Survival after extracorporeal cardiopulmonary resuscitation in infants and children with heart disease

Boston Children's Hospital, Boston, Massachusetts, United States
The Journal of thoracic and cardiovascular surgery (Impact Factor: 4.17). 10/2008; 136(4):984-92. DOI: 10.1016/j.jtcvs.2008.03.007
Source: PubMed


We investigated survival and predictors of mortality for infants and children with heart disease treated with extracorporeal membrane oxygenation as an aid to cardiopulmonary resuscitation.
Children (<18 years) with heart disease who received extracorporeal cardiopulmonary resuscitation and were reported to the Extracorporeal Life Support Organization database were evaluated. Patients were classified into one of 3 groups based on underlying cardiac physiology: single ventricle, 2 ventricles, and cardiac muscle disease. Patients with eligible procedure codes were assigned a Risk Adjustment for Congenital Heart Surgery-1 classification.
Four hundred ninety-two patients were eligible for analysis, and 279 (57%) were assigned a Risk Adjustment for Congenital Heart Surgery-1 category. Overall survival was 42%. In a multivariable logistic regression analysis, significant pre-extracorporeal predictors for mortality included single-ventricle physiology (odds ratio, 1.6; 95% confidence interval, 1.05-2.4), a history of a stage 1-type procedure (odds ratio, 2.7; 95% confidence interval, 1.2-6.2), and extreme acidosis (arterial blood gas pH < 7.01; odds ratio, 2.2; 95% confidence interval, 1.3-3.7). Right carotid artery cannulation was associated with decreased mortality risk (odds ratio, 0.6; 95% confidence interval, 0.4-0.9). During extracorporeal support, complications, including renal injury, evidence of neurologic injury, and persistent acidosis, were associated with an increased risk of hospital mortality.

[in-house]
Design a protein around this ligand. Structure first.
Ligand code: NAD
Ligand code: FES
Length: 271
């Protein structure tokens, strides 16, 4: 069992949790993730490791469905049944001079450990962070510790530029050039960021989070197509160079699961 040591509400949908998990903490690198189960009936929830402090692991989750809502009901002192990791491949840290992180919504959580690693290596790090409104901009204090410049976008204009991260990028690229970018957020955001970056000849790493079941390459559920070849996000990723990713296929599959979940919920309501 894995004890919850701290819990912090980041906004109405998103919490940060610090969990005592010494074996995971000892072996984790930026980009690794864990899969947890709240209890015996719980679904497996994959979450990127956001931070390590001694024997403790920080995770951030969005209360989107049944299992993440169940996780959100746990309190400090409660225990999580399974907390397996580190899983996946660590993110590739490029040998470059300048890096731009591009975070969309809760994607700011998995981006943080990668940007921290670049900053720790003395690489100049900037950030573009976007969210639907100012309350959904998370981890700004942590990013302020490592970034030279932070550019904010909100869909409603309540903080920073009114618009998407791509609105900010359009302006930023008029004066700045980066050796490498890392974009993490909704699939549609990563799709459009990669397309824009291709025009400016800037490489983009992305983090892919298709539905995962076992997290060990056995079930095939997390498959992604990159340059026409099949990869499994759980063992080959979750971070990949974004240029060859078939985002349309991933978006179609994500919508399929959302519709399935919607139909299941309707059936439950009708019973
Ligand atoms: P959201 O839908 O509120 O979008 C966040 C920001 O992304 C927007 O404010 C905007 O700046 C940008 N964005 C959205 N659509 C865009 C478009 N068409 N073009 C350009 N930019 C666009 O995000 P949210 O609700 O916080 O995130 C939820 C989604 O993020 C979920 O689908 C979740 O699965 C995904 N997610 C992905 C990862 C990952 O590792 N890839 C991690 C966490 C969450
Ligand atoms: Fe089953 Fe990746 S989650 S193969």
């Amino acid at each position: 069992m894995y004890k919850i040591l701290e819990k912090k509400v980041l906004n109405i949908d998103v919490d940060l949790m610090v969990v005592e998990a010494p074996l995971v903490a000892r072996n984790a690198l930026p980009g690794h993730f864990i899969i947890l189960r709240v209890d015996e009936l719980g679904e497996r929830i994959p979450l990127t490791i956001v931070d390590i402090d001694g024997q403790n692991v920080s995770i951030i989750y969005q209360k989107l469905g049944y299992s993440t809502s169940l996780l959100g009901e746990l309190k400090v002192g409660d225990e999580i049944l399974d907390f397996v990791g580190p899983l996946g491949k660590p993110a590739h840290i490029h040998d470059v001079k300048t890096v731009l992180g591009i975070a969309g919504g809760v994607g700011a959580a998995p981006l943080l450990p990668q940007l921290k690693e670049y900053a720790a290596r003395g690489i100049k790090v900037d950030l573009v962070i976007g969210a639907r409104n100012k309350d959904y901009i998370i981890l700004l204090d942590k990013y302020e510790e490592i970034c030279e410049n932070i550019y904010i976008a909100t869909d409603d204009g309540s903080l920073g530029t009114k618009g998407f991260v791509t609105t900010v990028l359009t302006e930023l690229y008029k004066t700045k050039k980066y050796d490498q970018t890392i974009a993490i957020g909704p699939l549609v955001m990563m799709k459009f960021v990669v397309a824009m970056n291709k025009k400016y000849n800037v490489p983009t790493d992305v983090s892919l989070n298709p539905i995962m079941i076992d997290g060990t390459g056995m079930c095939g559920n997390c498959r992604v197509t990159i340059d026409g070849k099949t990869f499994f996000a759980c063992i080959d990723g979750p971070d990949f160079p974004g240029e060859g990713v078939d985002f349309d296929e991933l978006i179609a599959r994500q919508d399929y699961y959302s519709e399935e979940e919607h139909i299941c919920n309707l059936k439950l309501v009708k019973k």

Use of extracorporeal membrane oxygenation as an adjunct to cardiopulmonary resuscitation resulted in hospital survival in 42% of infants and children with heart disease. Underlying cardiac physiology and associated cardiac surgical procedures influenced mortality, as did pre-extracorporeal resuscitation status and extracorporeal membrane oxygenation-associated complications.

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